There is nothing more scary to a business owner than the prospect of losing a major contract or client. Of course all business relationships have to end at some stage, but we get really used to the security of our bigger clients and of course, the thought of them leaving evokes all kinds of fear.

Over the years I've certainly won and lost my share of big clients. We tend to know when things are rocky and we get a few inklings that tell us a client may be thinking about moving on. So if we get these, what should we be doing?
I've got 7 recommendations that I've used to help manage the potential loss of a big client.

1. Deal with facts - don't let your imagination run wild.

We need to stick with the facts here. You might be picking up on weird vibes, that have nothing to do with you. So before your mind goes off in a hundred different directions, stop, take a moment and deal with the facts. What has changed, what are you basing your feelings on, what would it mean if to you if they did leave (both good and bad) etc?

2. Open up the communication channels.

Smaller businesses tend to be hesitant to have hard conversations with bigger clients and we really shouldn't. Talking about money, the future of a contract or a piece of work, issues with a project etc, these are all very normal things to talk about and we should be completely comfortable having these discussions.

Now is the time to talk to your client and check in to see if everything is OK. Ask about the future, see if there is anything they need you to do above and beyond the contracted work you are doing. If there are problems from your end, hopefully you've caught things in time to rebuild the relationship. Show a willingness to lift your game if that is required.

Or if they are moving on for reasons that have nothing to do with you, talk through how this will be handled, time frames, budgets and operational kinds of issues.

3. Don't get personal

If they are planning on leaving, at least now you know. This gives you an opportunity to do something about it and try to secure the work. Often the reason they are ending your relationship is nothing to do with you or your services or products, it's due to some internal issue. Business relationships stop and start all the time. The worst thing you can do is get your nose bent out of shape and take it personally.

Be the professional right the way though and even if the relationship ends, sometimes it doesn't mean it finishes. Their new supplier might be terrible and they could come back to you. I've had this happen on many occasions. But it won't happen if you end the relationship badly.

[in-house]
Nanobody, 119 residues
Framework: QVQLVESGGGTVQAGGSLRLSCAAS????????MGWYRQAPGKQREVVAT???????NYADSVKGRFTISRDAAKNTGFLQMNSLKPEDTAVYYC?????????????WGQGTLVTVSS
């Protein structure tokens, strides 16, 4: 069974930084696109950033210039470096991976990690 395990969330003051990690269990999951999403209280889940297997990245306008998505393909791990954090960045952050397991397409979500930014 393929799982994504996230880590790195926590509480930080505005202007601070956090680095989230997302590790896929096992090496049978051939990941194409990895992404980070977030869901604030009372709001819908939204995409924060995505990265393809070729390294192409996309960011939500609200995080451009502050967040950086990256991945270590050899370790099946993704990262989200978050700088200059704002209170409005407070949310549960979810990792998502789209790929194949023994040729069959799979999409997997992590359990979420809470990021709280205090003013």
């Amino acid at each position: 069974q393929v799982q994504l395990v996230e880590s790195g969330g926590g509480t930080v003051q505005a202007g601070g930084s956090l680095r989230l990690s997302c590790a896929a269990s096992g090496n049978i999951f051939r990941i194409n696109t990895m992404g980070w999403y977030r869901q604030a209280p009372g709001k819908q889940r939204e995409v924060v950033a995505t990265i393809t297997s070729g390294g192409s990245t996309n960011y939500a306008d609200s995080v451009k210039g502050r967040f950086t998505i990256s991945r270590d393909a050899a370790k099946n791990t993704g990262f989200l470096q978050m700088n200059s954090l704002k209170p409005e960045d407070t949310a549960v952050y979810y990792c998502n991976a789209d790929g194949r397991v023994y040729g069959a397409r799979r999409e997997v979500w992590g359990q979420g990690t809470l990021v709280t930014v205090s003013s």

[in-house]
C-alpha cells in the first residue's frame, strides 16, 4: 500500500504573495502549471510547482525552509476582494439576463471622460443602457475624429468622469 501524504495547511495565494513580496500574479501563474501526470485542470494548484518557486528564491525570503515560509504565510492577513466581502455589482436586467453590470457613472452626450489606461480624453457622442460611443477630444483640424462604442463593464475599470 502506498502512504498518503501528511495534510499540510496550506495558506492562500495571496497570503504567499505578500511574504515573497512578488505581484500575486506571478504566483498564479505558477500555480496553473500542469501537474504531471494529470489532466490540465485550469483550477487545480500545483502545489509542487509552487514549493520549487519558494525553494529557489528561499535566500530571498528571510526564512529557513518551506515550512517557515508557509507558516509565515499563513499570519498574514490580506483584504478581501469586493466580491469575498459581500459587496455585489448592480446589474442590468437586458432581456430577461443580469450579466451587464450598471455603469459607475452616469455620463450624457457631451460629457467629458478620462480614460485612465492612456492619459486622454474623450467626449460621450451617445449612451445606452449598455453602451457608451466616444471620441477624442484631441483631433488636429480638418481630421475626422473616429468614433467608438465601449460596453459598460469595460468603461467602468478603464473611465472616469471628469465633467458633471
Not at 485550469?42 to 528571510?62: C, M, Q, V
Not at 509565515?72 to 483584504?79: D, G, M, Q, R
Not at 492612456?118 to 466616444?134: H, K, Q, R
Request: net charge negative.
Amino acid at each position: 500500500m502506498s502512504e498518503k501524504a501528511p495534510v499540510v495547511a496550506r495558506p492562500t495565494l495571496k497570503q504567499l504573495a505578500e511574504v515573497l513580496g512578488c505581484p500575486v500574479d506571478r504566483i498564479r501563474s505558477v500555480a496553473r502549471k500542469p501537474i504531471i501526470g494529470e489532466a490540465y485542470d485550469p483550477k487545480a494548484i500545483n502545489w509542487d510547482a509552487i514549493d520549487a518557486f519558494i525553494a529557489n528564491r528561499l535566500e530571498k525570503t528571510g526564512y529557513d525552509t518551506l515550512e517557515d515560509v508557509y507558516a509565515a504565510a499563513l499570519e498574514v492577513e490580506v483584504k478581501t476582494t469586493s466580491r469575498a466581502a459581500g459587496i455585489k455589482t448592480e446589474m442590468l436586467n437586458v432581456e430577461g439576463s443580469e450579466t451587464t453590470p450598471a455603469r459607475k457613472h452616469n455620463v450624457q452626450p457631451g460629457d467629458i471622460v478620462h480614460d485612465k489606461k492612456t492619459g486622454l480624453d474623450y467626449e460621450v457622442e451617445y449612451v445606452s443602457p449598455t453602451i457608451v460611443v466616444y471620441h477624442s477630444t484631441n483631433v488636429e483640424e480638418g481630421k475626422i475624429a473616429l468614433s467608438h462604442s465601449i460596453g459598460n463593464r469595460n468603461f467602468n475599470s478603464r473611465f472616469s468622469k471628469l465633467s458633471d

4. Get busy chasing new business

Of course we should always be in business development mode, but sometimes it's easy to get a little slack when times are good. If you are facing losing one of your bigger clients, you will need to replace that work and now is the time to be looking for new clients. Even if you manage to keep the old client, I'm sure the new work that comes in as a result of being in business development mode will only be a good thing for the business.

5. Learn, learn, learn.

Assuming the client is moving on, we have to be big enough to learn from the experience. What could we have done better? Where did things go wrong? What were the signs that we didn't do anything about? How would we handle things differently next time? Even if it has nothing to do with you, there are always lessons to be learned.

6. Always have a rainy day plan.

I lost a major client a number of years back and it really rattled my business and put us into a tail spin. Not only did we lose a pile of monthly revenue, quite suddenly, we all fell into a state of depression. Now I have a "rainy day plan" that I can implement anytime I suspect there is an issue with a client. It covers the exact business development activity I will undertake as well the internal actions I will take in the event that I lose a particular client. There is something reassuring about having a "rainy day plan" for each and every major client.

7. Prevention is far better than cure.

The best way to avoid losing big clients, or really any clients, is to exceed their expectations. Check in often, but not in a needy way. Ensure they are happy with what you are doing. Become a valued and trusted supplier, with a reputation for professionalism and delivering and your relationships will be incredibly strong. Be open and honest, always act with the highest levels of integrity.

None of us like to lose a big client, be we all will. How we handle this says a lot about the type of business we run. Don't be in denial about it. Be proactive. Be up front. Be prepared.

In many instances I have been able to turn the situation around and I went on to have many years working with the client. In some cases, it didn't end so well, but I maintained my professionalism to the end, even if they didn't and that helped me to build a very positive reputation, which of course helps to attract many more clients in the long run.